All hail two Jewish members of Congress who have enough spine to resist the Aipac onslaught. Aipac’s capo di tutti in the House appear to be Steny Hoyer and Eric Cantor. They’ve been circulating a letter outlining recommended negotiation positions for the U.S. related to Israeli-Palestinian peace. But a funny thing happened: Barney Frank and Bob Filner said “no thanks.” Jewish legislators don’t usually cross Aipac. So the fact that they refused to affix their names is an event of moment.
The letter appears innocuous enough until you place it in the current political context. We have an Israeli prime minister who’s just been lambasted here in Washington not just by an American president and secretary of state, but by some of his most slavish former admirers. They uniformly told him to straighten up and fly right concerning freezing settlements and embracing a two state solution. To which he’s responded by fumfering around and claiming he simply can’t accede to U.S. wishes and how unfair they are to the poor settlers who have expanding families with no place to live.
In that context, the letter is of a piece with Bibi’s tried and true tactics of attempting to play off Congress and the executive. It won’t work this time, but you can’t blame a guy for trying. Here’s the content of the letter:
Among the principles laid out by the House letter is that “the parties themselves must negotiate the details of any agreement” and that the United States must “work closely with our democratic ally, who will be taking the greatest risks in any peace agreement.”
What this means is that the U.S. has no right to exert any pressure on Israel to cave in to our demands.
“The proven best way forward is to work closely and privately together both on areas of agreement and especially on areas of disagreement,” states the missive, adding that the U.S. must be both “a trusted mediator and a devoted friend to Israel.”
Translation: Be Israel’s friend. F*&k the other guy.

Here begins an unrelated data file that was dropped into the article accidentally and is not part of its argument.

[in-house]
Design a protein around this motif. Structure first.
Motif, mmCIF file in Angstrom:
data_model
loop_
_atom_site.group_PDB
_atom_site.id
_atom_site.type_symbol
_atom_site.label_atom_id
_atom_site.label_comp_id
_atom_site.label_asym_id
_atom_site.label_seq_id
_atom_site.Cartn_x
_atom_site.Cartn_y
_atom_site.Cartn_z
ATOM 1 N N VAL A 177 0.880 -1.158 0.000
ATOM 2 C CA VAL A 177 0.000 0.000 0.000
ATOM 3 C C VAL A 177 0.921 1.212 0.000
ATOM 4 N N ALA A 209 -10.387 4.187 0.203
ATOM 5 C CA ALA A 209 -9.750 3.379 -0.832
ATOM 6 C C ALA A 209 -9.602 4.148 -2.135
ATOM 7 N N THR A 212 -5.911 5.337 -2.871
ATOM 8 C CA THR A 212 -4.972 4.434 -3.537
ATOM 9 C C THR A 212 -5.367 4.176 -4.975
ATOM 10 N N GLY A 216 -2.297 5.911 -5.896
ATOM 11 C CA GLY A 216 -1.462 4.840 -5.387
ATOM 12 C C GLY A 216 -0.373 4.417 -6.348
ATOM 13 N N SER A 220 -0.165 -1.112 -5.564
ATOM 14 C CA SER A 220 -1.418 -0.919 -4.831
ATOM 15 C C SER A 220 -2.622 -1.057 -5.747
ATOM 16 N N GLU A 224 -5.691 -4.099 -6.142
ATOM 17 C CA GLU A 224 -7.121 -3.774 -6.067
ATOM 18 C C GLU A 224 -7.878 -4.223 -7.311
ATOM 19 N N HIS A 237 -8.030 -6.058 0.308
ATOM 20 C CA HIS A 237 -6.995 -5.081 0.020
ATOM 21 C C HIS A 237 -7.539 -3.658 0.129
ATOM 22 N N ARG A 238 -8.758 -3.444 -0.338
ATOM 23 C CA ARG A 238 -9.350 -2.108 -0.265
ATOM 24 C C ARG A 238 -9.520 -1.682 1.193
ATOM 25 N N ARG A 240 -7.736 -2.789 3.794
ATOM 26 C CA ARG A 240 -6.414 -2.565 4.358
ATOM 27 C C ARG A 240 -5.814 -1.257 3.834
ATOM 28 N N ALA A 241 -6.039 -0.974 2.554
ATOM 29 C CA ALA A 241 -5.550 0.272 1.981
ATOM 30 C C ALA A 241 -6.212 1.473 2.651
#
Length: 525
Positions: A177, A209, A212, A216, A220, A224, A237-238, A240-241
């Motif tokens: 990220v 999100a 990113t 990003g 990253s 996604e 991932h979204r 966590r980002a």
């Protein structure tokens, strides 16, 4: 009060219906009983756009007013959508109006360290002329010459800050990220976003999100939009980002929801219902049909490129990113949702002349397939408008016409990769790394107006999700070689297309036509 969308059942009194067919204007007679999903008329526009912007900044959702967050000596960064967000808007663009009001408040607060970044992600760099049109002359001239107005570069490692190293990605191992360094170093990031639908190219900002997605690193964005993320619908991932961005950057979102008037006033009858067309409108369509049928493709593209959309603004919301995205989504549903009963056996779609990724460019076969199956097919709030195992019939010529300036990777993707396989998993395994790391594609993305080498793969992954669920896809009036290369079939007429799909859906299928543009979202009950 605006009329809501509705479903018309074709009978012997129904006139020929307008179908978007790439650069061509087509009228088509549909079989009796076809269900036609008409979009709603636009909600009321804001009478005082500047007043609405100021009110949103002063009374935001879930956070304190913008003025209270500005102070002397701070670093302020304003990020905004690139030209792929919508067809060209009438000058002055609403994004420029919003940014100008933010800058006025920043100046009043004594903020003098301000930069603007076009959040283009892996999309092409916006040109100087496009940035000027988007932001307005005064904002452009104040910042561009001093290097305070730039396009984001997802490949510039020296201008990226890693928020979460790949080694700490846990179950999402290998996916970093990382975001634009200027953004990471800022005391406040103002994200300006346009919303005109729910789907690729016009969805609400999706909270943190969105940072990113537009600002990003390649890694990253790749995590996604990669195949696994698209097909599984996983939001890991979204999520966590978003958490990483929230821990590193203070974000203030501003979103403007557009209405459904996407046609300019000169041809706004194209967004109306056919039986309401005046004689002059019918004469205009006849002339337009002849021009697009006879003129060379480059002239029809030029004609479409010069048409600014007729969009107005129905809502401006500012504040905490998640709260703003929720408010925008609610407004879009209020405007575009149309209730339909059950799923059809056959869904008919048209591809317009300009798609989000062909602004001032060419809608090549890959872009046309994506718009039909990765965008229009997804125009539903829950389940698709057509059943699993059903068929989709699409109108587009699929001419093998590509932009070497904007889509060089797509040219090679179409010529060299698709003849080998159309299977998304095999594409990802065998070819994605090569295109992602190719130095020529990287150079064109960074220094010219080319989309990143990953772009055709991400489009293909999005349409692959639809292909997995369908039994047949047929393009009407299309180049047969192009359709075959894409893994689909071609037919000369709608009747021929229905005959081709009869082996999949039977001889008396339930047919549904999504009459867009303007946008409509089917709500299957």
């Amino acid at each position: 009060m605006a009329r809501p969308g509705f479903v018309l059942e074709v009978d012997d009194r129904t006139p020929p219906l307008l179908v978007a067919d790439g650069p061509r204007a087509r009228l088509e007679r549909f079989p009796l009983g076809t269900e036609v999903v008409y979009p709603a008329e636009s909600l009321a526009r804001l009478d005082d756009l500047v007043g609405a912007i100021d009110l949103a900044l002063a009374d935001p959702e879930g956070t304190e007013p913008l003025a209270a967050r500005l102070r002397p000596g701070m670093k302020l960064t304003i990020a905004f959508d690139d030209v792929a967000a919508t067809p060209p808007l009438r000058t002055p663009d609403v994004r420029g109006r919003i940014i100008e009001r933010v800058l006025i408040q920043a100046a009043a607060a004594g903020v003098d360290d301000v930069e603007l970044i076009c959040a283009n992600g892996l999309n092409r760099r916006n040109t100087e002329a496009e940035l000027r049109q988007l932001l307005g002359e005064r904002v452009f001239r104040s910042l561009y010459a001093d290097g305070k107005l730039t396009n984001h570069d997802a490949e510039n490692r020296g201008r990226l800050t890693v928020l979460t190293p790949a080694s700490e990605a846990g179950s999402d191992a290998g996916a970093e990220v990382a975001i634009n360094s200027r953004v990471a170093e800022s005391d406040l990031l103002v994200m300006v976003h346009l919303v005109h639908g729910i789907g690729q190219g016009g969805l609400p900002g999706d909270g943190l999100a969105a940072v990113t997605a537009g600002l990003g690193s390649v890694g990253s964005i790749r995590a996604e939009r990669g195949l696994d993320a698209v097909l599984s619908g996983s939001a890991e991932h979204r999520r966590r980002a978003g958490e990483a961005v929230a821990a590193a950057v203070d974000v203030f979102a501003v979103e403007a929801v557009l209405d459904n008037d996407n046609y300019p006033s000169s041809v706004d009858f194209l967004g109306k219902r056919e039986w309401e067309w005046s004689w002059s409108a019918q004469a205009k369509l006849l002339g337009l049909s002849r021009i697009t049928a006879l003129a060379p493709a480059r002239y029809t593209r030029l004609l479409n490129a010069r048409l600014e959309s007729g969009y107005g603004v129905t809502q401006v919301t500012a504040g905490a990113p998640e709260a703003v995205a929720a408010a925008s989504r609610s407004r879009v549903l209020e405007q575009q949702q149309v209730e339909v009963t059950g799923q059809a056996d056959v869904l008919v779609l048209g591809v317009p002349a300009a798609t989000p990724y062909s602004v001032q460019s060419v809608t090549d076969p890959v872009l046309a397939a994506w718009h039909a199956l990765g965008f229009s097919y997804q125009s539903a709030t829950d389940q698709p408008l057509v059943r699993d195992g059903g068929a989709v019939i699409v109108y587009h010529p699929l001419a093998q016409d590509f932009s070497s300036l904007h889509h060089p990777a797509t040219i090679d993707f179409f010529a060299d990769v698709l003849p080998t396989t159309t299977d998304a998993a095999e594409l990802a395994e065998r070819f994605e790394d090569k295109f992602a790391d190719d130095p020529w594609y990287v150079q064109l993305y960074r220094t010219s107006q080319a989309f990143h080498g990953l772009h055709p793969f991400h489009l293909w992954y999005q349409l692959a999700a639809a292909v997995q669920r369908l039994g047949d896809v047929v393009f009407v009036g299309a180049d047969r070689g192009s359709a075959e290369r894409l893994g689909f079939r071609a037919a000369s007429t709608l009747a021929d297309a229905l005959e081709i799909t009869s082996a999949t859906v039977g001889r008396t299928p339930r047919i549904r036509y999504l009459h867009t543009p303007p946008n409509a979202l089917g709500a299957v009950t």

The letter also insists on an “absolute Palestinian commitment to end violence, terror and incitement” and urges “far greater involvement and participation by the Arab states both in moving toward normal ties with Israel and in supporting moderate Palestinians.”
First, you’ll notice the onus this places on the Palestinians while demanding nothing of the Israelis who haven’t exactly ended their own violence against Palestinians. As for “involvement of Arab states,” this seems either a sham or a delusion. Aipac seems to believe that Arab states should normalize relations with Israel in return for…nothing. When the Arabs respond with stone-faced silence, then Bibi will have an opening to claim that Israel can’t possibly be forthcoming unless the Arab states reciprocate (one of his most beloved sham phrases).
Aside from all the narischkeit in this letter, there is the most important matter of all: Pres. Obama is going in an entirely different policy direction. Aipac knows this, Bibi now knows it if he didn’t already, Congress knows this. This letter is the last hurrah of the old order.
Obama’s policy eschews the smoke of mirrors of this letter. It names things for what they are. It doesn’t pull any punches. If Aipac keeps playing these little games they’ll be left holding the bag, while the American Jewish peace camp gets onboard the peace train.
Bob Filner and Barney Frank–you guys are all right.